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Mad for Macron!

Last week, France elected the centrist, non-politically-affiliated Emanuel Macron with a magnificent 66.1% of the popular vote in the second round of the presidential election which saw him up against the National Front’s Marine Le Pen. It’s safe to say that Macron’s landslide is something that even Theresa May might struggle to attain.

Like most, Berkeley Squares was thrilled to see that Le Pen and the far-right had been ousted for a man who claims he is “neither left, nor right”. While people may compare this to Tony Blair’s “lack of ideology”, we think this is the best way to tackle a disillusioned French electorate. Worldwide, many people label themselves as left wing, right wing, socialist, liberal and conservative, but such segregation is is naïve. What we need is unity or, as Macron would put it, “ensemble”!

What does his election mean for us in the UK? Brexit will be an opportunity for us to take a more global view. If the Conservatives win in June, Theresa May should be pleased with what she’s achieved in efficiently turning around the country after the chaos that followed the Brexit vote. However, the primary obstacle remains: negotiating a good deal with Europe.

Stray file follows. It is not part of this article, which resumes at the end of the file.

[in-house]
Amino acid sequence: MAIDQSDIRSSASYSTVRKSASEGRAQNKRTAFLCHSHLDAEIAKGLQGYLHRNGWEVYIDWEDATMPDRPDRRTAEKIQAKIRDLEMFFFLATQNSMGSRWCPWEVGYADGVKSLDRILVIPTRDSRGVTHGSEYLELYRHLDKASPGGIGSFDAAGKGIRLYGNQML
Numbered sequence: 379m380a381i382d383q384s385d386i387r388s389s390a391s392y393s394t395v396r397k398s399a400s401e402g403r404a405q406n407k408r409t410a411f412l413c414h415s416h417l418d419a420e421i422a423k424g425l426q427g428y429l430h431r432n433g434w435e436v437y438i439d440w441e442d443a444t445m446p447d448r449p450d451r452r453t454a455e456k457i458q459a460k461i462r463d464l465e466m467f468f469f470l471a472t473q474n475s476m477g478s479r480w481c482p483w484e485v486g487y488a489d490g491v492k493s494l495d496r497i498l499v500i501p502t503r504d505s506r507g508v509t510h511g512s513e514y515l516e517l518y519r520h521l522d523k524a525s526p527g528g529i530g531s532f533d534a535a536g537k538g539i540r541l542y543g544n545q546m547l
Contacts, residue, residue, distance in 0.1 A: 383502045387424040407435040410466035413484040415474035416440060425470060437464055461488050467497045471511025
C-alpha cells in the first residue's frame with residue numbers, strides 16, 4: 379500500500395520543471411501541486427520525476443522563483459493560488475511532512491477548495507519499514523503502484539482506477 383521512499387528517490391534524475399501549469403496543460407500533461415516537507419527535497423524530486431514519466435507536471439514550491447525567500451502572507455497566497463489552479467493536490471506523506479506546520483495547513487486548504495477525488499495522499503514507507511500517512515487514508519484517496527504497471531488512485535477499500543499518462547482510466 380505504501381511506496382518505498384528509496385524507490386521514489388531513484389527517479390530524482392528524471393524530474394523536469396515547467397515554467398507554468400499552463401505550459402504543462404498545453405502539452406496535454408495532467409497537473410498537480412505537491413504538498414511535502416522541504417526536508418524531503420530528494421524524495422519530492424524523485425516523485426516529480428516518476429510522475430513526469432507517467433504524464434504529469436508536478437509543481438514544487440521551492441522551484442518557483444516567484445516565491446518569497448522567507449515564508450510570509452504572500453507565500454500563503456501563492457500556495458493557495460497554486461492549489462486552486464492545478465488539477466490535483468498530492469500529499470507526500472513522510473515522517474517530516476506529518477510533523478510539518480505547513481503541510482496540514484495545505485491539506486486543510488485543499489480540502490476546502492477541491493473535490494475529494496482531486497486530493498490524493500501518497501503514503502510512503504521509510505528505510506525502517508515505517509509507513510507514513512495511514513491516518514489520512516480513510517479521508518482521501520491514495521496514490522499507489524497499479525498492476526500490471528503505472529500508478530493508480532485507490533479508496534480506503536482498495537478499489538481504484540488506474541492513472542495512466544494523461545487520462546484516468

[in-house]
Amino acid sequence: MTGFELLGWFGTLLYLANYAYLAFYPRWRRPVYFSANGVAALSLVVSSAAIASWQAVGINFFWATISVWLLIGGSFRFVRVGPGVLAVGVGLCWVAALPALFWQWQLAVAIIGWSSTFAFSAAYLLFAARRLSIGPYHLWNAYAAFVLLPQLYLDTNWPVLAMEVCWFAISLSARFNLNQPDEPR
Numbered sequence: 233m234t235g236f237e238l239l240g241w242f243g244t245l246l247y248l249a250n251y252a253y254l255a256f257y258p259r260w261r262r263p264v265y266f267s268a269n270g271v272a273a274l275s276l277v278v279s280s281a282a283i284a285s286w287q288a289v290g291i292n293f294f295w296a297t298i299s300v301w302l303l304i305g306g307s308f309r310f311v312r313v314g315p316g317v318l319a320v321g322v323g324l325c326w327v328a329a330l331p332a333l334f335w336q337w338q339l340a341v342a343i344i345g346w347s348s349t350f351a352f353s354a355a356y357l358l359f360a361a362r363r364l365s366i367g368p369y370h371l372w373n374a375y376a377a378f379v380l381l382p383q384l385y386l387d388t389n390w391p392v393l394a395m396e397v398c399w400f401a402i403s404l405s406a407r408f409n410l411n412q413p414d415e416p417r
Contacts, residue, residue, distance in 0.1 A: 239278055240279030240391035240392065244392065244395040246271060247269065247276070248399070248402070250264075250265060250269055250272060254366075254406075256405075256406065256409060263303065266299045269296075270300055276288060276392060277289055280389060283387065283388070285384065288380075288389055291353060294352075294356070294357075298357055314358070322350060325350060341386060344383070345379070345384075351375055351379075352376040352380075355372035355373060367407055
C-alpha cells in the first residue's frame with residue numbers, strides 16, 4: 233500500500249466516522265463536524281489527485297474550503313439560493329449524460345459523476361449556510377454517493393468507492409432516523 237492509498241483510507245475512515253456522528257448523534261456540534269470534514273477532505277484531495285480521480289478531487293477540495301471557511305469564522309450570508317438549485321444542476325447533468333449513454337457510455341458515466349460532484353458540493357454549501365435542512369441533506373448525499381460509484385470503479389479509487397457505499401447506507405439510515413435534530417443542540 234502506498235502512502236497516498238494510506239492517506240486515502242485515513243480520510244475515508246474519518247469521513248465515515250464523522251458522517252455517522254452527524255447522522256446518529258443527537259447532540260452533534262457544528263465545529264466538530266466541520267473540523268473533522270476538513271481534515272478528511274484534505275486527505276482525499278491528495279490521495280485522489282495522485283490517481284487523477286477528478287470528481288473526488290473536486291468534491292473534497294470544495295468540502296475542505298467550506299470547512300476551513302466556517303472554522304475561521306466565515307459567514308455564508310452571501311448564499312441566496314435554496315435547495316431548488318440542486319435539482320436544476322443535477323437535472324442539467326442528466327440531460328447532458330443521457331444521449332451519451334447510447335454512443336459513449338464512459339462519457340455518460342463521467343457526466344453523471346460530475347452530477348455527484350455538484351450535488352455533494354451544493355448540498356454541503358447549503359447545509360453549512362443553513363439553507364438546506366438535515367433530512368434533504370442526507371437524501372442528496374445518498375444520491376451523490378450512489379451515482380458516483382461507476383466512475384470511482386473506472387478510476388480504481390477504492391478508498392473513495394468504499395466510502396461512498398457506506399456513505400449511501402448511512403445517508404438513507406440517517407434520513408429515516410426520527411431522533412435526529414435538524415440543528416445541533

May needs to take heed in negotiating a successful Brexit, reaching out to European business, giving the French an appetite for a successful British exit and continued close relations. If the French populace want it, Macron has to give it. We cannot allow ourselves, in Macron’s words, to “plunge Britain into servitude”. May and her government must maintain a level head against this future juggernaut of European politics.

May needs to show that, like Macron’s politics, she has something new, dismissing the Etonian old guard of yesteryear’s Conservative party and displaying something reminiscent of Thatcher’s unstoppable government. Maybe Macron will respect her and the UK enough to allow us to pass smoothly out of the EU?

The EU itself should be cautious. Macron’s election, like the Brexit vote, is a push against the European status quo, and if the EU cannot see that they need to change, then they might be “plunged into servitude”.